The committee recommends the following actions in order to address the challenges outlined above.

  1. The committee recommends that priority for rescuing geoscience data and collections be placed on those in danger of being lost. The highest priority for retention and preservation should be directed toward data and collections that are well documented and impossible or extremely difficult to replace.

  2. The committee recommends funding cataloging ef-



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Geoscience Data and Collections: National Resources in Peril 6 Challenges and Solutions The challenges the committee encountered during its investigation into the issues surrounding preservation of geoscience data and collections are a microcosm of those facing the geoscience community and the nation. The conclusions and recommendations the committee reached address these challenges. One of the main challenges the committee faced was assessing the volume, quality, and location of the nation’s geoscience data and collections. How much and how many geoscience data and collections currently are preserved and available? How much and how many are preserved, but unavailable for various reasons (proprietary reasons, inappropriate storage, lack of knowledge of their existence)? Who has geoscience data and collections now? What is the current condition of their holdings? How much room remains to preserve those that should be retained and to make them accessible? The committee found information of this type in short supply, but was able to assess the general magnitude of the problem by assembling information where known (Tables 2-1, and 2-2). A second challenge the committee encountered was determining the nature and effectiveness of the federal-agency effort to preserve and make geoscience data and collections available. Which agencies have responsibility for geoscience data and collections? Over which geoscience data and collections do these agencies have responsibilities? Testimony and input during site visits evinced that while it exists, coordination among federal agencies that collect or archive geoscience data and collections could be improved. Such improved coordination would optimize sharing of business practices and consumer use of related data collected by various agencies or establishing priorities across agencies so that limited funds can be used to the best overall effect. Chapters 1 through 4 contain examples of the benefits of coordinated actions, and the consequences of poor coordination. Space for present and future geoscience data and collections is a critical challenge. The committee found a critical shortage of space for current geoscience data and collections, let alone those gathered in the future. This challenge itself was not a surprise to the committee—the surprise was the magnitude of the problem that faces the nation and the seeming inability to plan adequately for future space needs. For instance, several state geological surveys that have constructed core libraries within the past 12 years already report 16 percent or less remaining space. Not everything can or should be saved, but the committee was surprised by the reasons given for not preserving endangered geoscience data and collections—mostly related to space and cost as opposed to some of the priorities listed in Table 2-5, for example. Finally, the committee noted the challenge of rewarding effective curation of geoscience data and collections. Currently, geoscience data and collections are not used to the fullest primarily because of lack of access to information about them, which relates directly to the state of their curation. How can information about geoscience data and collections (i.e., the metadata) be made available more widely? What can be done to encourage effective curation of and access to geoscience data and collections? The committee recommends the following actions in order to address the challenges outlined above. The committee recommends that priority for rescuing geoscience data and collections be placed on those in danger of being lost. The highest priority for retention and preservation should be directed toward data and collections that are well documented and impossible or extremely difficult to replace. The committee recommends funding cataloging ef-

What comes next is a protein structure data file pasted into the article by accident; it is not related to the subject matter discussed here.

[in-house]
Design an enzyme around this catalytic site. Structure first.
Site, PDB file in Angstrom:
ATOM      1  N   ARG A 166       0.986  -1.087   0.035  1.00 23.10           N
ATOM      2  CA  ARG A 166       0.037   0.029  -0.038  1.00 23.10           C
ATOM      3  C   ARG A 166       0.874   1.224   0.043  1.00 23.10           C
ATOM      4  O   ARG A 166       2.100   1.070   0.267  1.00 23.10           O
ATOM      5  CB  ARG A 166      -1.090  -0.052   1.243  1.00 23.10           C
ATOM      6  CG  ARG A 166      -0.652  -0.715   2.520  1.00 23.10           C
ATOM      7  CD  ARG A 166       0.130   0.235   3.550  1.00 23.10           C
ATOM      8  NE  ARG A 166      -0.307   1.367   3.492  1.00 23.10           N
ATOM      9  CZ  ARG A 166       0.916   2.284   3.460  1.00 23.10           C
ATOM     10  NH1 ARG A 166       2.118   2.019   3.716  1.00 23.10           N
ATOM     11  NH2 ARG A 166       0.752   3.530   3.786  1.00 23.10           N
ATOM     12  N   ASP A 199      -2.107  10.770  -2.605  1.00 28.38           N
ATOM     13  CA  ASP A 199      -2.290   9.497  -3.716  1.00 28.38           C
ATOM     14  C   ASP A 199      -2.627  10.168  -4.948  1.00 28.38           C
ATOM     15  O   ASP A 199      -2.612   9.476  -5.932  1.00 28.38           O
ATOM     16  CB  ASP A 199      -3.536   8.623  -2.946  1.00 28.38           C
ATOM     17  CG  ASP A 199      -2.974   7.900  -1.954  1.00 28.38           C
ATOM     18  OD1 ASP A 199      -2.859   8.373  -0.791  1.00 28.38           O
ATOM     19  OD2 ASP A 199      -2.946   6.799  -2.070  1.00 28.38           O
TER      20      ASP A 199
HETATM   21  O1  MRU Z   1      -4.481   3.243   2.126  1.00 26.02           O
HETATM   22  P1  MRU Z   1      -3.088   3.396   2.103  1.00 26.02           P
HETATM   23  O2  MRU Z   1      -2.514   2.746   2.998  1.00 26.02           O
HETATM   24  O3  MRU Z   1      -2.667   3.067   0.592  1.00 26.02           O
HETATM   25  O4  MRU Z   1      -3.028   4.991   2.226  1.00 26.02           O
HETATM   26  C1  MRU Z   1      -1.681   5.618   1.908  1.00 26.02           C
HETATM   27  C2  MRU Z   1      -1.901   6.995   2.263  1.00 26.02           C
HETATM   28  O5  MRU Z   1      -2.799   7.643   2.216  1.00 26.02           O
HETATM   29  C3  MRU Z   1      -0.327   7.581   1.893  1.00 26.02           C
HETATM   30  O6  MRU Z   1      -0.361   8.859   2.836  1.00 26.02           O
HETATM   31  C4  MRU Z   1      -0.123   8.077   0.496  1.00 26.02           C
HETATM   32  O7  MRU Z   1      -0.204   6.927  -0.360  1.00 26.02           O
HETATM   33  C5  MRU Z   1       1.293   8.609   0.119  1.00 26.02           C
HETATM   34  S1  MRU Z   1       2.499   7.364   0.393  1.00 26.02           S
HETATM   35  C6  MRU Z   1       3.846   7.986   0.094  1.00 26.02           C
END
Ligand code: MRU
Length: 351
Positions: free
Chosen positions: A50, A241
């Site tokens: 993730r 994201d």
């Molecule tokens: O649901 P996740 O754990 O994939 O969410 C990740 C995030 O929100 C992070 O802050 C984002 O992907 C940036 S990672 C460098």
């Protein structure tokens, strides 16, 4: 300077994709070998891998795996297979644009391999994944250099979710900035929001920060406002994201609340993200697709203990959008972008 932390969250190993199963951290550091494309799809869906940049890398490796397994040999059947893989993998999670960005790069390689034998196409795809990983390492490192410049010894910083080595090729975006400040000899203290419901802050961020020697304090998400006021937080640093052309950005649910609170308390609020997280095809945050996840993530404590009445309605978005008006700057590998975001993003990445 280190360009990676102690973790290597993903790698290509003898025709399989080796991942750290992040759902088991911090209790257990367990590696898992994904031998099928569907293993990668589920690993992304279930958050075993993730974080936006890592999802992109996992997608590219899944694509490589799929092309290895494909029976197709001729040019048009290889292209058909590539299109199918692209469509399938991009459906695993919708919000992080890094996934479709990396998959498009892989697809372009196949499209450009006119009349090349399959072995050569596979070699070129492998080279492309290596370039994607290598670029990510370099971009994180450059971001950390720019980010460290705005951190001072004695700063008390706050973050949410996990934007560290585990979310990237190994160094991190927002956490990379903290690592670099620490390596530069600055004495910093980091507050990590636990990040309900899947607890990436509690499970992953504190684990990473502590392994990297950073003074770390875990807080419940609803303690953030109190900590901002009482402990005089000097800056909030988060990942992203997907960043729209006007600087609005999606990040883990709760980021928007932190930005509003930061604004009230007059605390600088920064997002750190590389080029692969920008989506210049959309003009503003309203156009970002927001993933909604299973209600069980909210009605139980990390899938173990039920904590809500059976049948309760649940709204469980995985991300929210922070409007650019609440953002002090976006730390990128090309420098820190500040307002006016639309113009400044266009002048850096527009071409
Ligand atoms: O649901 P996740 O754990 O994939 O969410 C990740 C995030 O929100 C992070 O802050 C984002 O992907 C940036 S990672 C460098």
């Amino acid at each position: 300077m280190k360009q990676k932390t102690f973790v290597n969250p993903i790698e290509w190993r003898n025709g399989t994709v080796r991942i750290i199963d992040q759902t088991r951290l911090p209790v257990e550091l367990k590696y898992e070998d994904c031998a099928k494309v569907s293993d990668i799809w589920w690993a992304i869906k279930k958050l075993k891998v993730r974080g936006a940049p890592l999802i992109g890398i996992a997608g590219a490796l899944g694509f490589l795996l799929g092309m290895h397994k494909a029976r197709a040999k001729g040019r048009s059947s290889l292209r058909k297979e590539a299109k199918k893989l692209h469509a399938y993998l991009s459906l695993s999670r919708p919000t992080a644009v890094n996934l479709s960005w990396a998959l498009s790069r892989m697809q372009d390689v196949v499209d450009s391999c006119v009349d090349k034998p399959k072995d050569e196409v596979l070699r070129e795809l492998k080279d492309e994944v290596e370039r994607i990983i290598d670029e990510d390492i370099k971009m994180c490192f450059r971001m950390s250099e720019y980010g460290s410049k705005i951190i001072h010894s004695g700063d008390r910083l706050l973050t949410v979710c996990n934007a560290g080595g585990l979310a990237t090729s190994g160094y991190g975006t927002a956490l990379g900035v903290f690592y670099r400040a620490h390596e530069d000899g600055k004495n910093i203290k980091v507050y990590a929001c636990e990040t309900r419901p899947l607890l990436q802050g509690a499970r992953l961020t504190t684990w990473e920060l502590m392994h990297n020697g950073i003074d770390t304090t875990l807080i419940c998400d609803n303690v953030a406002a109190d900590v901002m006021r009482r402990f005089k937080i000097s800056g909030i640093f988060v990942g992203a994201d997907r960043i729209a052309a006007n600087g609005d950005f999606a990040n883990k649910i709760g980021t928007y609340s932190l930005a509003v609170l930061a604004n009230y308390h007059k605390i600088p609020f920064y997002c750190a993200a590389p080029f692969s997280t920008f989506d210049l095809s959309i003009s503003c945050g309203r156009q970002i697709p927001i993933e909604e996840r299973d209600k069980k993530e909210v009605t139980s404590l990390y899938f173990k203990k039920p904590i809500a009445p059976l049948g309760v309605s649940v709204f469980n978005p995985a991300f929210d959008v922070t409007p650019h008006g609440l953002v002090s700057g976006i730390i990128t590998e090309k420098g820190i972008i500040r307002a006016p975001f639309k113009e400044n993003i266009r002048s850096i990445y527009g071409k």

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Geoscience Data and Collections: National Resources in Peril forts to gather comprehensive information about existing geoscience data and collections. Access to these funds should be on a competitive basis, and preference should be given to institutions with holdings that meet the same priorities as those outlined above for preservation. The committee recommends that this initial catalog funding effort target 5 to 10 institutions each year until the nation’s geoscience data and collections are adequately assessed. The committee recommends the establishment of a distributed network of regional geoscience data and collections centers, each with an external science-advisory board. The committee recommends establishing three centers (one each in the Gulf Coast, Rocky Mountain, and Pacific Coast regions). Furthermore, the committee recommends that additional regional centers, as merited, be established over the next 5 to 10 years, and that preference be given to those centers that meet three main criteria: need for such a center in the region (i.e., active clientele, identified collections of high-priority, at-risk data in the region); broad involvement and support among various regional geoscience and other entities (government, academia, and industry); and active participation of an independent, external science-advisory board. The committee recommends that the centers build upon existing expertise and infrastructure, such as state geological surveys, museums, universities, and private enterprises, and that, where practical, more efficient use of existing space be encouraged before expansion. Furthermore, the committee recommends that access to the center-establishment and improvement funds be on a competitive basis. The committee recommends establishing a federal geoscience data and collections coordinating committee to optimize federal coordination. The federal geoscience data and collections coordinating committee should appoint several federal external science-advisory boards to advise on priorities for federal holdings, with respect to preservation, cataloging, and access across and within federal and quasi-federal agencies. In addition, the committee recommends that electronic reporting be implemented as soon as possible, with additional funding as required to accelerate it, to reduce the added burden of cataloging future data and samples. The committee recommends that the federal geoscience data and collections coordinating committee monitor and facilitate progress of cataloging efforts across the federal government. The committee recommends that federal agencies be supported to the same extent as non-federal institutes and consortia with respect to cataloging and repositories, with regular review. The committee recommends that priority for federal agency support follow closely those recommended for the regional centers: need for such a repository in the agency; broad or active involvement within and among various federal geoscience agencies (e.g., BLM, DOE, EPA, NASA, NOAA, NSF, USACE, USGS, USNM); and active participation of federal external science-advisory boards. The committee recommends establishing a combination of federal, state, regional, and local government incentives and requirements for geoscience data and collections, donations, and deposition. Establishing such incentives should be an immediate priority to stem the tide of lost and discarded geoscience data and collections, many of which remain useful. The committee recommends that the geoscience community adopt standards for citation in scientific and other publications of geoscience data and collections used. Institutions and professional societies should establish (where appropriate) awards and other forms of recognition for outstanding contributors to the preservation and accessibility of geoscience data and collections. Although challenging, the issues the committee encountered during its investigation into preservation of geoscience data and collections are by no means insurmountable. More importantly, there exist both immediate and long-term benefits to preserving appropriate data and collections. Although the immediate benefits often are apparent, the long-term benefits require careful and imaginative evaluation. Examples of such benefits are: enhanced understanding of the nation’s natural resources; better assessment of the value and extent of public resource holdings; increased safety of the population through knowledge of potential natural hazards and appropriate engineering to minimize damage; more rapid response to natural hazards emergencies; and better knowledge of the history of life on Earth. The continued loss of potentially useful geoscience data and collections erodes our ability to realize these and other benefits. The recommended steps in this document outline a strategy that will reduce this erosion, but only if acted upon now.